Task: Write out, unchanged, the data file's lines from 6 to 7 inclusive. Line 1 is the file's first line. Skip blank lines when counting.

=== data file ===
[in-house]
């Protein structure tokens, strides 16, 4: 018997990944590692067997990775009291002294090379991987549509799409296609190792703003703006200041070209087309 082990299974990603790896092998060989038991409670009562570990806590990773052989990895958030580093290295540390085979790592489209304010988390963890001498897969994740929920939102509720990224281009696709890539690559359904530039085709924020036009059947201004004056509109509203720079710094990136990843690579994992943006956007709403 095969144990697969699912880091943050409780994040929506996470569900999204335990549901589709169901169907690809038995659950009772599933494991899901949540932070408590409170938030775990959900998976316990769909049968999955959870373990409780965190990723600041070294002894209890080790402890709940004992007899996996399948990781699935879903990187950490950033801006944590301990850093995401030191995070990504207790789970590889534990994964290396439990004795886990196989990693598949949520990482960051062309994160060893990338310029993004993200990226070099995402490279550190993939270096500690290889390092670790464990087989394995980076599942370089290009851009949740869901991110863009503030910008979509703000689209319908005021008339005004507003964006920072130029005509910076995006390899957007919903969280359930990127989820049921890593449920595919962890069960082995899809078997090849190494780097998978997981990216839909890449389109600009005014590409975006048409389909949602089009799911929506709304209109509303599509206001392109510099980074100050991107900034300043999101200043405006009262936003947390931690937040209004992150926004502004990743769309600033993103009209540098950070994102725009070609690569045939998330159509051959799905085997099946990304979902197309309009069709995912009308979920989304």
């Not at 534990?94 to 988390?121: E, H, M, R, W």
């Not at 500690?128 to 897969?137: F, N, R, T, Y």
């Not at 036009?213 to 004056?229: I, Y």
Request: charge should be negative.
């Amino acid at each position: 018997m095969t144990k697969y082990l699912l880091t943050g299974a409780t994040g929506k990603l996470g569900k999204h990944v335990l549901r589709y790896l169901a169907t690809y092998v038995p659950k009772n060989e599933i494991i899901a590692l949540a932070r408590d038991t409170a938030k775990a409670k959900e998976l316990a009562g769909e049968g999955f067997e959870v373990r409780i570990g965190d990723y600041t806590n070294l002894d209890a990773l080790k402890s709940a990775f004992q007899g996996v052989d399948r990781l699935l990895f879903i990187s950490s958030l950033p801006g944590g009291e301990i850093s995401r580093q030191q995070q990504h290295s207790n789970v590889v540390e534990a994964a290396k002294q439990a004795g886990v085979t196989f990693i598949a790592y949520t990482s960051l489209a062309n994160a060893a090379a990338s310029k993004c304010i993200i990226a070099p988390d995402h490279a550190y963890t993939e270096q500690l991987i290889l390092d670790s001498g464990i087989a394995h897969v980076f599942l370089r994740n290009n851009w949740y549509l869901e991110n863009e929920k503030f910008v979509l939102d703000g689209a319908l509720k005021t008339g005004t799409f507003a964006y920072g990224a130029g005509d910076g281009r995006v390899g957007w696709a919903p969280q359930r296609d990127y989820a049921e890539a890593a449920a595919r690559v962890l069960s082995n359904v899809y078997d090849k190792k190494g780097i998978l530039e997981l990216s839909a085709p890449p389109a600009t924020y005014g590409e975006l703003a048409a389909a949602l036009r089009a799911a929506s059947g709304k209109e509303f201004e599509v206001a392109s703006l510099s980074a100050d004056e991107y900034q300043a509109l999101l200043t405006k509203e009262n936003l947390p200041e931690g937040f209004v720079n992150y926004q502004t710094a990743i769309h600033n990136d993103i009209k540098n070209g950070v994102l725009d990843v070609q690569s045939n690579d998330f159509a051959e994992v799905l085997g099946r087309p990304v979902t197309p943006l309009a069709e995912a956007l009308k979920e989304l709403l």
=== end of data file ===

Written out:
Request: charge should be negative.
């Amino acid at each position: 018997m095969t144990k697969y082990l699912l880091t943050g299974a409780t994040g929506k990603l996470g569900k999204h990944v335990l549901r589709y790896l169901a169907t690809y092998v038995p659950k009772n060989e599933i494991i899901a590692l949540a932070r408590d038991t409170a938030k775990a409670k959900e998976l316990a009562g769909e049968g999955f067997e959870v373990r409780i570990g965190d990723y600041t806590n070294l002894d209890a990773l080790k402890s709940a990775f004992q007899g996996v052989d399948r990781l699935l990895f879903i990187s950490s958030l950033p801006g944590g009291e301990i850093s995401r580093q030191q995070q990504h290295s207790n789970v590889v540390e534990a994964a290396k002294q439990a004795g886990v085979t196989f990693i598949a790592y949520t990482s960051l489209a062309n994160a060893a090379a990338s310029k993004c304010i993200i990226a070099p988390d995402h490279a550190y963890t993939e270096q500690l991987i290889l390092d670790s001498g464990i087989a394995h897969v980076f599942l370089r994740n290009n851009w949740y549509l869901e991110n863009e929920k503030f910008v979509l939102d703000g689209a319908l509720k005021t008339g005004t799409f507003a964006y920072g990224a130029g005509d910076g281009r995006v390899g957007w696709a919903p969280q359930r296609d990127y989820a049921e890539a890593a449920a595919r690559v962890l069960s082995n359904v899809y078997d090849k190792k190494g780097i998978l530039e997981l990216s839909a085709p890449p389109a600009t924020y005014g590409e975006l703003a048409a389909a949602l036009r089009a799911a929506s059947g709304k209109e509303f201004e599509v206001a392109s703006l510099s980074a100050d004056e991107y900034q300043a509109l999101l200043t405006k509203e009262n936003l947390p200041e931690g937040f209004v720079n992150y926004q502004t710094a990743i769309h600033n990136d993103i009209k540098n070209g950070v994102l725009d990843v070609q690569s045939n690579d998330f159509a051959e994992v799905l085997g099946r087309p990304v979902t197309p943006l309009a069709e995912a956007l009308k979920e989304l709403l």